Add on top of all that Google’s new privacy policy, and you have a company that is dedicated more to advertising than anything else that has an incredible amount of your usage data.  That same policy basically says they can use your usage data however they so please across most of their services.  Ironically enough, Google Wallet won’t be sharing in the new privacy policy.  Why?  Because the privacy regulations for services that perform monetary transactions like Wallet does require more stringent policy policies.  My question?  How much do you value your internet usage statistics?  What do they say about you?  And, shouldn’t your usage (along with purchasing/shopping habits) be just as valuable as your monetary data?  In an era where identity theft is at an all-time high, and personal privacy is being infringed upon at every turn, shouldn’t you do what you can to protect whatever personal data you can? anti-Google campaign on the London tube © by Lars Plougmann

Has Google jumped the shark?  I don’t think you’ll find it any secret that I think they have.  They’ve always been borderline with me, but there comes a time when enough is enough. While I doubt that I’ll stop using all of their services, I think it’s time to start finding some alternatives to their products.  Unfortunately, in a world where the verb “Google” is synonymous with searching for something on the internet, I don’t think that we can completely write their search off, but we can certainly start supporting their competitors (chiefly, Bing and Yahoo), until such a time that the situation changes. I’m walking with my wallet, and my data somewhere else.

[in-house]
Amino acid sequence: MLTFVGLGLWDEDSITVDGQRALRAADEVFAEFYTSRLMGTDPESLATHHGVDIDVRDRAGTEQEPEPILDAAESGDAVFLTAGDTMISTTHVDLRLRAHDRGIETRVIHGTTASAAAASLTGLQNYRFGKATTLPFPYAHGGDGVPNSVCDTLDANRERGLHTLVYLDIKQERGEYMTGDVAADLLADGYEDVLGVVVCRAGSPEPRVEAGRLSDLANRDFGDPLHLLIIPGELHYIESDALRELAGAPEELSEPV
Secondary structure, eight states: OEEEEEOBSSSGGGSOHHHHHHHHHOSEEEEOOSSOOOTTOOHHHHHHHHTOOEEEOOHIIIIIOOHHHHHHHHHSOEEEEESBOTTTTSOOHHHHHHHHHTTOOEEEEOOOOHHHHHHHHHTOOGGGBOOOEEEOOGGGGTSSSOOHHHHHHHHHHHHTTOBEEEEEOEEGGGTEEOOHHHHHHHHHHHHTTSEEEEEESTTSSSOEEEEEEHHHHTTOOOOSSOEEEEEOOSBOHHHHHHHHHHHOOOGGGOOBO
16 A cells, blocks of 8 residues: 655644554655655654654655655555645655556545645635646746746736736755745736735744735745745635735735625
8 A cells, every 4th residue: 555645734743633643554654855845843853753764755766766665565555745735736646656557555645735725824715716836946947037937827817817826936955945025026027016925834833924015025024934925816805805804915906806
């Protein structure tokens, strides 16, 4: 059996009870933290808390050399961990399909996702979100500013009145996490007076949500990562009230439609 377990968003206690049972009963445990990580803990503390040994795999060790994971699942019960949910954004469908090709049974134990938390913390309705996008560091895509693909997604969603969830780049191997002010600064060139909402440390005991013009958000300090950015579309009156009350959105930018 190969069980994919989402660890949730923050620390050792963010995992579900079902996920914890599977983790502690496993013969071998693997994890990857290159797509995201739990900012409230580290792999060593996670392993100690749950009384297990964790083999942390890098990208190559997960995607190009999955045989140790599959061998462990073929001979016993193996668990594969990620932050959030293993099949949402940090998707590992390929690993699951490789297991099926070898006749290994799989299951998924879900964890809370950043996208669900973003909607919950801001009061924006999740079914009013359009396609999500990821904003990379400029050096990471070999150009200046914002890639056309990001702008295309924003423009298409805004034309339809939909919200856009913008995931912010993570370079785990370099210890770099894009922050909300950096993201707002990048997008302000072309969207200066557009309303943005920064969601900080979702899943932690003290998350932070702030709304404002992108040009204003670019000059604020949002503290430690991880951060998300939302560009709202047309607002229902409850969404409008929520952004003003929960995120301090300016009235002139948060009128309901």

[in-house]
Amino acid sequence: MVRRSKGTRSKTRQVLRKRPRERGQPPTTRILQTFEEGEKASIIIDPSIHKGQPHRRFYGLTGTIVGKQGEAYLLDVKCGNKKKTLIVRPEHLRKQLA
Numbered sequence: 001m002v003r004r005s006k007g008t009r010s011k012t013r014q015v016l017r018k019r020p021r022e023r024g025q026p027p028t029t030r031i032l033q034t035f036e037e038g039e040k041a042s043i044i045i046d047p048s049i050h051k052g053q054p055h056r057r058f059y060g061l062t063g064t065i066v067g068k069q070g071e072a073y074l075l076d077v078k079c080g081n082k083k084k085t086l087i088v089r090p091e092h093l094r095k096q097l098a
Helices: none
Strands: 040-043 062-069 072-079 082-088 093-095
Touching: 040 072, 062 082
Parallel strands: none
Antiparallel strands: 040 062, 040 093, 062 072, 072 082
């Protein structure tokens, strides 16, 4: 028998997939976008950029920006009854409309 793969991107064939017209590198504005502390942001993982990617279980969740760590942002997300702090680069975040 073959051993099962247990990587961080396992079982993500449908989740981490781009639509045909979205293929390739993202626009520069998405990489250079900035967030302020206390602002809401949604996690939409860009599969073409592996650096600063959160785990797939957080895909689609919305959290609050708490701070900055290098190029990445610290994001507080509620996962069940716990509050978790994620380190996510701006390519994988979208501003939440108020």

What about you?  Are you O.K. with Google collecting data and using it to maximize their advertising revenue?  How much of the data that Google has on you would you be O.K. with potentially becoming public should your account get hacked?

Google Integrates Google+, Invites Anti-Trust Lawsuit

Yesterday morning sometime, Google did released a post on their “Official Google Blog” (running on blogspot.  You’d think they could afford to upgrade to WordPress… 😉 ) where they outline how they’ve integrated Google+ into their search results in a program they are calling “Search, plus Your World“.  What does that mean?  They’re adding three new features to your Google search results.